October 25, 2018

Tech Support Scams on the Rise

Tech support scams, which get people to pay for fake computer help or share their personal information, are convincing. They are also becoming more prevalent.

Some scammers call and claim to be computer techs associated with well-known companies like Microsoft or Apple. Others send pop-up messages that warn about computer problems. They say they’ve detected viruses or other malware on your computer and, as “tech support”, will ask for remote access to your computer. They’ll diagnose a non-existent problem and ask you to pay hundreds of dollars for unnecessary – or even harmful – services.

If you get an unexpected pop-up, call, spam email, or other urgent message about problems with your computer, stop. Don’t click on any links, don’t give control of your computer, don’t log in to online banking, and don’t send any money.

Keep these points in mind:

  • Companies like Microsoft don’t call and ask for access to your computer. If you get a call like that, it’s a scam.
  • Real companies also won’t ask for your account passwords. Only scammers do.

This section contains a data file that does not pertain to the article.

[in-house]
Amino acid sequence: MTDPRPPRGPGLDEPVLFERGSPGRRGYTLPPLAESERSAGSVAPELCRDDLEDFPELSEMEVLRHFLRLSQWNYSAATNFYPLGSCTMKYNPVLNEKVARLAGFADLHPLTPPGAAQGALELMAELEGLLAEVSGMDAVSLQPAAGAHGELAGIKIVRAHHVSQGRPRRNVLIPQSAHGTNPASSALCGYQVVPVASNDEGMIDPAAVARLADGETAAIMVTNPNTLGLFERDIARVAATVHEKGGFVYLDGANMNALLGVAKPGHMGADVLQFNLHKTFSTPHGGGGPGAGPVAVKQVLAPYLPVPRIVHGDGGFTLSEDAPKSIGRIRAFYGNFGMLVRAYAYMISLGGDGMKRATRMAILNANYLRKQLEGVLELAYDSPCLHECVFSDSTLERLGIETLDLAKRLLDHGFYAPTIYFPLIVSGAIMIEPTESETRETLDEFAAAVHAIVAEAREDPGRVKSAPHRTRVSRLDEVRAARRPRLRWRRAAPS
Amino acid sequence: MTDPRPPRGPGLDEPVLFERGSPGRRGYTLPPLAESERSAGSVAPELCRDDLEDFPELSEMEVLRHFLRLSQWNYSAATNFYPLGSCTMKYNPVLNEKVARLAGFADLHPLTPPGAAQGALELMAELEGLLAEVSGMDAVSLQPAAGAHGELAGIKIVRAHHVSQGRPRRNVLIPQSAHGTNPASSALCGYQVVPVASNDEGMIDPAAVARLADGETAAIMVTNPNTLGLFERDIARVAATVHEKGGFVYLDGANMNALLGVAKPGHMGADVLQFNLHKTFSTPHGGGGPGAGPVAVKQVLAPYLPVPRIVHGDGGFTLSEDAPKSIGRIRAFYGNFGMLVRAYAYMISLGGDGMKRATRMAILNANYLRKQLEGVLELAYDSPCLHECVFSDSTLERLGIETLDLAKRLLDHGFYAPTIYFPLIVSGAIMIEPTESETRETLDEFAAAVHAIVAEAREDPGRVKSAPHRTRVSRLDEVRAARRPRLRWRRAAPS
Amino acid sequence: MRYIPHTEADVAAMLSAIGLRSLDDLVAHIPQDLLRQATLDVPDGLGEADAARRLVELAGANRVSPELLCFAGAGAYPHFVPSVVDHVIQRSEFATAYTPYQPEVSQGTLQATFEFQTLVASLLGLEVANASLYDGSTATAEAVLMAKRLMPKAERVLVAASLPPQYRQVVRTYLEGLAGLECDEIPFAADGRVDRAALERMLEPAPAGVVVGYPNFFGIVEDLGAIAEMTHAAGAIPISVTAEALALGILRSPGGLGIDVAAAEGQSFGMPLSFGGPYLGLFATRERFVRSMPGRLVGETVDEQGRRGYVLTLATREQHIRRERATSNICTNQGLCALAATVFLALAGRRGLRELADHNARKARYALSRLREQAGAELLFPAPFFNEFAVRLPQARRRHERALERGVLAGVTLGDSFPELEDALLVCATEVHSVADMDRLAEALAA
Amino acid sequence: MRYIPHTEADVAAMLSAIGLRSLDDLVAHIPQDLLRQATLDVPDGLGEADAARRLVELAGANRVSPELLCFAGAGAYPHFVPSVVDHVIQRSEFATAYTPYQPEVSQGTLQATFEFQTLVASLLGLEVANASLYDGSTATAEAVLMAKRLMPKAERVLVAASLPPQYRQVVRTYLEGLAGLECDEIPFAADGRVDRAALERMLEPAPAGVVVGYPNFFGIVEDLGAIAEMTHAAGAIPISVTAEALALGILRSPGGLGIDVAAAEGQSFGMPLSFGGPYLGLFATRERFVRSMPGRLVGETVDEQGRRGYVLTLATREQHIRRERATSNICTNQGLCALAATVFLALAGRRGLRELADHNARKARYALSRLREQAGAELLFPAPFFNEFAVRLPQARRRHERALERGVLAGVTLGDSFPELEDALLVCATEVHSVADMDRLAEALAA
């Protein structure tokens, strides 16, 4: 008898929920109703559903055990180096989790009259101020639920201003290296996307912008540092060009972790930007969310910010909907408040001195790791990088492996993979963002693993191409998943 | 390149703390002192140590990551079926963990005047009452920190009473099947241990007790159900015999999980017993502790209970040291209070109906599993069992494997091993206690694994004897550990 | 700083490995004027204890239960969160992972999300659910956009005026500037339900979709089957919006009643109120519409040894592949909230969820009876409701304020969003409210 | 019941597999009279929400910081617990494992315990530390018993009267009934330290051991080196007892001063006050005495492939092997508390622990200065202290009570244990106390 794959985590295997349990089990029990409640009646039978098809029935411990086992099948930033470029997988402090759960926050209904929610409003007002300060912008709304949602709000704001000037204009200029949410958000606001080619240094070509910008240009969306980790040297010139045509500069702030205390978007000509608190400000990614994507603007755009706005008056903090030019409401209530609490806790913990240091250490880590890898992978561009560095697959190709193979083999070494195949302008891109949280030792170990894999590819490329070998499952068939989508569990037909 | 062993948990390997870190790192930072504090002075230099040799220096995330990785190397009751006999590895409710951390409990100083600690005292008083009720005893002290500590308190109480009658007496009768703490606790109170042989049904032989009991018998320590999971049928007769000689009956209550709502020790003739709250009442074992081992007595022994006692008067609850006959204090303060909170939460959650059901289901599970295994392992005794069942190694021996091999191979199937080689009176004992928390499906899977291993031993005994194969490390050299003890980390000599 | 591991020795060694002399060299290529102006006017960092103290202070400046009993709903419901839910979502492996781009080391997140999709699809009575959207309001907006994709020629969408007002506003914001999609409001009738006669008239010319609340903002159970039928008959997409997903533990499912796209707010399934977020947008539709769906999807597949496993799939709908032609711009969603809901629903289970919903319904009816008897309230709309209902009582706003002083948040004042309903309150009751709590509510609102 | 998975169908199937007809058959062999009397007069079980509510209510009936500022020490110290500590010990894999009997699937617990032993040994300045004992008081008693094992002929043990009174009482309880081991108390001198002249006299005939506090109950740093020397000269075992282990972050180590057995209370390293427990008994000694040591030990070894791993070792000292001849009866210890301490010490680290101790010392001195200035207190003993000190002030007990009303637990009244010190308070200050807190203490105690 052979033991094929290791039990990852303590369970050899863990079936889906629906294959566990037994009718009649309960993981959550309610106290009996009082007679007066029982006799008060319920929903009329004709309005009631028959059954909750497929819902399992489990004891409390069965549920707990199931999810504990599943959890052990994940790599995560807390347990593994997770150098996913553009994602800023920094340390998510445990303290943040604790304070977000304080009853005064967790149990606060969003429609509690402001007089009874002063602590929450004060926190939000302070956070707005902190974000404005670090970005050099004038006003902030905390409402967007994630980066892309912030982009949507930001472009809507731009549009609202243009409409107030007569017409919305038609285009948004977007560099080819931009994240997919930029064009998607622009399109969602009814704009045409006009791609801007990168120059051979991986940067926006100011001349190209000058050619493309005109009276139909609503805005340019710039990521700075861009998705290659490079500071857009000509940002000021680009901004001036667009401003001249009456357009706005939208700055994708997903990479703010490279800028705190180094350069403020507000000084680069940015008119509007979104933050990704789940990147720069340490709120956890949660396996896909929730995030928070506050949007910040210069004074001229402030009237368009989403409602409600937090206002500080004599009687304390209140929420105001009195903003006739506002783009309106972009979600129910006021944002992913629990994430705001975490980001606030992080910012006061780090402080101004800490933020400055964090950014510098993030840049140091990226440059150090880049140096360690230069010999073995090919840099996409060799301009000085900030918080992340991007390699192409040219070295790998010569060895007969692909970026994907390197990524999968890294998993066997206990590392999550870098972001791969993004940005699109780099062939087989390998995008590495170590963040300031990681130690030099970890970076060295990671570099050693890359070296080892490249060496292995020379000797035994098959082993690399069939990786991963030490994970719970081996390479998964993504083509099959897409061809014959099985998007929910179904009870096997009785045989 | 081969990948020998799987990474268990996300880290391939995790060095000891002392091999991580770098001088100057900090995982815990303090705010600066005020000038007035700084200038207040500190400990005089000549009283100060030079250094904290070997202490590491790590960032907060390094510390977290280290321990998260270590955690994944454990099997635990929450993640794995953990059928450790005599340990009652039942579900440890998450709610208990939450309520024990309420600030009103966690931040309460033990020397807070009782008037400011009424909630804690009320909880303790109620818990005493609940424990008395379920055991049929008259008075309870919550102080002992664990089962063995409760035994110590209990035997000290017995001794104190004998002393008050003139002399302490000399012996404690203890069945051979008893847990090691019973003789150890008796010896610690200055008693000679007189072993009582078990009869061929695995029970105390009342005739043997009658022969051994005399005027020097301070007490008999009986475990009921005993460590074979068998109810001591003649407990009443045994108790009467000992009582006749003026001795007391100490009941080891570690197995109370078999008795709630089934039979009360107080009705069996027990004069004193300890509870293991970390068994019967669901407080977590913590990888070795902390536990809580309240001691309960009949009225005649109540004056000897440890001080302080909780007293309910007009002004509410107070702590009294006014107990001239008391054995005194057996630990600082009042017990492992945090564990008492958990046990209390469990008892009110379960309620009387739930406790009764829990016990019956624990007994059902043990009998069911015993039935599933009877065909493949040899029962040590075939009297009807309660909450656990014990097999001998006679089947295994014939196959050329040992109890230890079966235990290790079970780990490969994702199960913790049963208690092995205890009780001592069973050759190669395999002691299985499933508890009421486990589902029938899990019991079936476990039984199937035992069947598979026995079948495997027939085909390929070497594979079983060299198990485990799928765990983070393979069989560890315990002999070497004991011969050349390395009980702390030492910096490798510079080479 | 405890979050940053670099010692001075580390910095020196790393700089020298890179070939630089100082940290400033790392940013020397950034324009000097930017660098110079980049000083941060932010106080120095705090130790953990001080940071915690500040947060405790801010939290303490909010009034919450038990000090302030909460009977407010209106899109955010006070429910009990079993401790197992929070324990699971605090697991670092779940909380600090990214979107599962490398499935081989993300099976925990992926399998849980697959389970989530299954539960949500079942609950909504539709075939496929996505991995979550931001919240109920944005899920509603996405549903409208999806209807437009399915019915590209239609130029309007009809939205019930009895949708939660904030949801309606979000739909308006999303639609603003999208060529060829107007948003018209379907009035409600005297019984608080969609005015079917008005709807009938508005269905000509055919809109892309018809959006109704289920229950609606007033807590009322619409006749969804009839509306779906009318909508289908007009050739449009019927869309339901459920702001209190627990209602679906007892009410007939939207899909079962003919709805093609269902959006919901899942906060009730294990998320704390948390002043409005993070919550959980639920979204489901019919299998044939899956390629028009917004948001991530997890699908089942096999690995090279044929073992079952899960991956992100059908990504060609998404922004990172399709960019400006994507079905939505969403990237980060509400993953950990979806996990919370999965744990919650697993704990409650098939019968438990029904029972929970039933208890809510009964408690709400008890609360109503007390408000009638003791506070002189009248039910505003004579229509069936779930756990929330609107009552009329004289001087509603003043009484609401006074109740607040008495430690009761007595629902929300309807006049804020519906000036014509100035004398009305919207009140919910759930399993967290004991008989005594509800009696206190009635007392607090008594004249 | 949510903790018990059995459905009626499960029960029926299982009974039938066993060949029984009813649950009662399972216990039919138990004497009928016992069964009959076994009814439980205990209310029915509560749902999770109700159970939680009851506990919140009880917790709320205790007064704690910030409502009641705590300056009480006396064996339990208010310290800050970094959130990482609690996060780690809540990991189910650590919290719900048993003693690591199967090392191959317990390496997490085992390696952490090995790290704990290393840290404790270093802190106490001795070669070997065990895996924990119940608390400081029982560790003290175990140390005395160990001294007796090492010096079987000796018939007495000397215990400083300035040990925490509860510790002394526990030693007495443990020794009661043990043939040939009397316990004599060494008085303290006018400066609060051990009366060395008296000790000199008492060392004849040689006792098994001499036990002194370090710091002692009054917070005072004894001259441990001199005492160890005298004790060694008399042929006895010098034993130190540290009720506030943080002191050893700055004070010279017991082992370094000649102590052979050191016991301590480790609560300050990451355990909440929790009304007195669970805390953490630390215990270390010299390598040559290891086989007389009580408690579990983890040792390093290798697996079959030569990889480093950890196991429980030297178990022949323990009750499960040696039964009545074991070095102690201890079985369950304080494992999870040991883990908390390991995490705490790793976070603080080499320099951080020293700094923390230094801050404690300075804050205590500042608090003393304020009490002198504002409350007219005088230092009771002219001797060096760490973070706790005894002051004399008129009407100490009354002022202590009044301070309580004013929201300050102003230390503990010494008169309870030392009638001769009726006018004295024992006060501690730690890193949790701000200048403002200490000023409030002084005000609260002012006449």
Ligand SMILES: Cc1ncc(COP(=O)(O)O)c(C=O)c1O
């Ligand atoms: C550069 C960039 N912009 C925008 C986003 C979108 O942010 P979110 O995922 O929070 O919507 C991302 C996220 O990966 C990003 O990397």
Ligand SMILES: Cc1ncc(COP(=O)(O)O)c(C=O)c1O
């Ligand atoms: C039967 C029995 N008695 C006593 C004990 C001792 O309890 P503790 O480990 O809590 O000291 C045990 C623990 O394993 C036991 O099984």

• Tech support scammers try to convince you they’re legitimate. They’ll pretend to know about a problem on your computer, talk in technical terms, and ask you to open normal files that look alarming.
  • If you do need computer help, go directly to a person, business, or website you know you can trust. General online searches are risky because they might pull up another scam.

If you or people you know were already scammed, here’s what to do:

  • If payment was made with a credit or debit card, call your bank or credit card company immediately and tell them what happened.
  • If you paid with a gift card, contact the gift card company (iTunes, Amazon, etc.) ASAP to see if the funds are still on the card and can be frozen before it’s too late.
  • A tech support scammer who has access to your computer can install malware. Update your computer’s security software, scan your computer, and delete anything it identifies as a problem. Restart your computer to be sure the changes take effect. Going forward, download security updates as soon as they are available. Most operating systems have a setting to download and install security updates automatically. Use it. And install updates for your other software, including apps. If you are uncertain how to remove malware, take your device to a local, reliable computer business you trust.
  • If the scammer got your password for a financial account, or a site like Amazon, change the password immediately. Contact the company directly to make sure nobody has hacked/accessed your account.
  • Report your experience to ftc.gov/complaint. You’re not alone, and reporting these scams helps law enforcement go after the people behind them.

Source: https://www.consumer.ftc.gov/

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